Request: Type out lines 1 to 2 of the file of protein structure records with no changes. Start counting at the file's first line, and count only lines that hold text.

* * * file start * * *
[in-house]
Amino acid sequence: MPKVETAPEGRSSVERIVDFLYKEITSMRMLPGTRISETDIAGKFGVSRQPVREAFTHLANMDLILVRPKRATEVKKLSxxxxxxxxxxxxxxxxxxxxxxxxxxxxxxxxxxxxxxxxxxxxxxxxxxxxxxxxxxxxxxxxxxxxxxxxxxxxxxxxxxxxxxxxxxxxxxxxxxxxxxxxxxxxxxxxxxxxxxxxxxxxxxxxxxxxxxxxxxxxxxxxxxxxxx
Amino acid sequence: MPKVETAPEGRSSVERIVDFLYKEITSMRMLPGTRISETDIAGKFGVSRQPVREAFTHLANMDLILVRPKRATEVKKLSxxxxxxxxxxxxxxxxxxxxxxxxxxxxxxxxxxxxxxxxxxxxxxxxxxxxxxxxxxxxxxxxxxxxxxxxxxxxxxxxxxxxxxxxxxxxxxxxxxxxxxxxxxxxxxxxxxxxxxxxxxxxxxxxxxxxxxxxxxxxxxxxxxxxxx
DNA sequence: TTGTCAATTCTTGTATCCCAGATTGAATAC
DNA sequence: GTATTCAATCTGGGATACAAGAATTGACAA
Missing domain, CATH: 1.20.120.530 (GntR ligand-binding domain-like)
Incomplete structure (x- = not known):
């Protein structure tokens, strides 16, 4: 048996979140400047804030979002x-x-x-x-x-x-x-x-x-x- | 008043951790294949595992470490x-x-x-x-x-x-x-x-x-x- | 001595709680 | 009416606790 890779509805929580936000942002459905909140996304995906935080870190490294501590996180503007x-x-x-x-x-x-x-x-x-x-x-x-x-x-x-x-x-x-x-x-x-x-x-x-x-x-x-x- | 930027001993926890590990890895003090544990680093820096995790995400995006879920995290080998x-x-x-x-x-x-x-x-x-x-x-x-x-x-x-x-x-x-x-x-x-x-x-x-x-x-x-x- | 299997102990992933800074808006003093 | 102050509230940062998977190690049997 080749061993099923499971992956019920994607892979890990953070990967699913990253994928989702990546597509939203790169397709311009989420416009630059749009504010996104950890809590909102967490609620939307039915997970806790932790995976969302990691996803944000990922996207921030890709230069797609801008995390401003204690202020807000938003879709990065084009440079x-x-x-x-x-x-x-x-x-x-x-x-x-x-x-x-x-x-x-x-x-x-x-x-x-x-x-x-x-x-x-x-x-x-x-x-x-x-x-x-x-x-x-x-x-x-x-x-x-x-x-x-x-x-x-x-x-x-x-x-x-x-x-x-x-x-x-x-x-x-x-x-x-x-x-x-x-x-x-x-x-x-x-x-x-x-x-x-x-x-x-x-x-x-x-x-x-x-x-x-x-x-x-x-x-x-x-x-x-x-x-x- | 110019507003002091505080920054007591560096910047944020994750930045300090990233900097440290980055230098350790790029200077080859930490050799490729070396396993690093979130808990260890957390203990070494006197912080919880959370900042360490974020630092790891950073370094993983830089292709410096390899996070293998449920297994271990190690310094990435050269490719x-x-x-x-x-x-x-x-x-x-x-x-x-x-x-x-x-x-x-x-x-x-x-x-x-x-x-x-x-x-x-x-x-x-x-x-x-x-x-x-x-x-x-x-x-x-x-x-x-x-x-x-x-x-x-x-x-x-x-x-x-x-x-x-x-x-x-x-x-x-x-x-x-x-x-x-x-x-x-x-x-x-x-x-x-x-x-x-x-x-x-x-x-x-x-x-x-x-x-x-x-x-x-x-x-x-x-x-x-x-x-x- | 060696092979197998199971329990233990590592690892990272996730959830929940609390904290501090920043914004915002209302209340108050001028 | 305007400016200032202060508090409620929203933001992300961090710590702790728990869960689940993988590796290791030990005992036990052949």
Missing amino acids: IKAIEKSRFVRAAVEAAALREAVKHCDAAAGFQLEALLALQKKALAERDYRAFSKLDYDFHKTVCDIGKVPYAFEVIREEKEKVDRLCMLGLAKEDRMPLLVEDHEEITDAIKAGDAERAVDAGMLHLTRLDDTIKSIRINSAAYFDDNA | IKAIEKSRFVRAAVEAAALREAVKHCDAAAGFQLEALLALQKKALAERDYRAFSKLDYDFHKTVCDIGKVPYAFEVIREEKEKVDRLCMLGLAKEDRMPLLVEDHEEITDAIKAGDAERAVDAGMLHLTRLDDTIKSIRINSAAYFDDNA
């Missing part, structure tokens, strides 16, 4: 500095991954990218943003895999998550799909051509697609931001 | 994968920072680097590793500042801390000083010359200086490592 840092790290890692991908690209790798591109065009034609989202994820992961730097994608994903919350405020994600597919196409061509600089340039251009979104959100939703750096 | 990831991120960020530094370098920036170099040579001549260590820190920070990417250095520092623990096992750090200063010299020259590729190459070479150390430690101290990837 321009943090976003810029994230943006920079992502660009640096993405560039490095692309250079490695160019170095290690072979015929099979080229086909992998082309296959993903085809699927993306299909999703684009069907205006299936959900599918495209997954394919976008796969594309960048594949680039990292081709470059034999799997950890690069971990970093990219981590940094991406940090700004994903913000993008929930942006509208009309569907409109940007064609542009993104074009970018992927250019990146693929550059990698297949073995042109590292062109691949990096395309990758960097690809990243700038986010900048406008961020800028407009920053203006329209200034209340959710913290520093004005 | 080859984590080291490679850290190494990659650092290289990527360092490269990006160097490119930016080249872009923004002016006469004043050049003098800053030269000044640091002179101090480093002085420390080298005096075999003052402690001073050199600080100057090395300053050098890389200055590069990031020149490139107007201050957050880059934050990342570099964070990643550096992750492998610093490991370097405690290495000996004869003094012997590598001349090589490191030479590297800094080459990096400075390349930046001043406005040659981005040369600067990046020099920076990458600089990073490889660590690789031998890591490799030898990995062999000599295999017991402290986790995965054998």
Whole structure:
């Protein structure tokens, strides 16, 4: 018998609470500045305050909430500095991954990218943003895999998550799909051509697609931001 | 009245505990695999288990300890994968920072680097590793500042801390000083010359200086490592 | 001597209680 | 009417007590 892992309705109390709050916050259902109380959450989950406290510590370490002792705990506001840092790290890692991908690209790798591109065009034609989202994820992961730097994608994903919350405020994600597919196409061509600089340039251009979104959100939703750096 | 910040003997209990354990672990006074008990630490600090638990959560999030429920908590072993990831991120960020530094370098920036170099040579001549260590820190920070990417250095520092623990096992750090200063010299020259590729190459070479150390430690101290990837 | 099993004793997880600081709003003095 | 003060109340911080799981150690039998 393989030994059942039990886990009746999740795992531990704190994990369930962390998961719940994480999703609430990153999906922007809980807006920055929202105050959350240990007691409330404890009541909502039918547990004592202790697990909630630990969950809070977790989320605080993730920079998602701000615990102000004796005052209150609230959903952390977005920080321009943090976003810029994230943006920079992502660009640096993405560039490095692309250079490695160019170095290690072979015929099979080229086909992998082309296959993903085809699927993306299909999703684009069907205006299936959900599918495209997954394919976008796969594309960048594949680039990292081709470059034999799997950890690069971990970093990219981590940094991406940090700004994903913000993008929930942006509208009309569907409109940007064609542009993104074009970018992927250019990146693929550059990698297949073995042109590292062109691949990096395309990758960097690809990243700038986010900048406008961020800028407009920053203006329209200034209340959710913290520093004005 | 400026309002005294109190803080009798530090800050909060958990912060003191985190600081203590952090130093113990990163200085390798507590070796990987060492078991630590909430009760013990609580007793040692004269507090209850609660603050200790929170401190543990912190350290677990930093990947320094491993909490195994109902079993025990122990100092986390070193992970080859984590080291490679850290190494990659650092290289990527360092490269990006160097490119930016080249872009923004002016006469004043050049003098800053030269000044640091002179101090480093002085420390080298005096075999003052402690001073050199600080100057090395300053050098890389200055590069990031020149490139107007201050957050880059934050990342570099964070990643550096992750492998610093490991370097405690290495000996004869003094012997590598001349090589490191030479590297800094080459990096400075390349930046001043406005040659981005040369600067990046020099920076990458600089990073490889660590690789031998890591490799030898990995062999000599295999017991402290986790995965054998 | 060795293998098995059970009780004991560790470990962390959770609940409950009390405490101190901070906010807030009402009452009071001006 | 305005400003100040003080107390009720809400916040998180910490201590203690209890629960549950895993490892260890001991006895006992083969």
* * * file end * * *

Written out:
[in-house]
Amino acid sequence: MPKVETAPEGRSSVERIVDFLYKEITSMRMLPGTRISETDIAGKFGVSRQPVREAFTHLANMDLILVRPKRATEVKKLSxxxxxxxxxxxxxxxxxxxxxxxxxxxxxxxxxxxxxxxxxxxxxxxxxxxxxxxxxxxxxxxxxxxxxxxxxxxxxxxxxxxxxxxxxxxxxxxxxxxxxxxxxxxxxxxxxxxxxxxxxxxxxxxxxxxxxxxxxxxxxxxxxxxxxx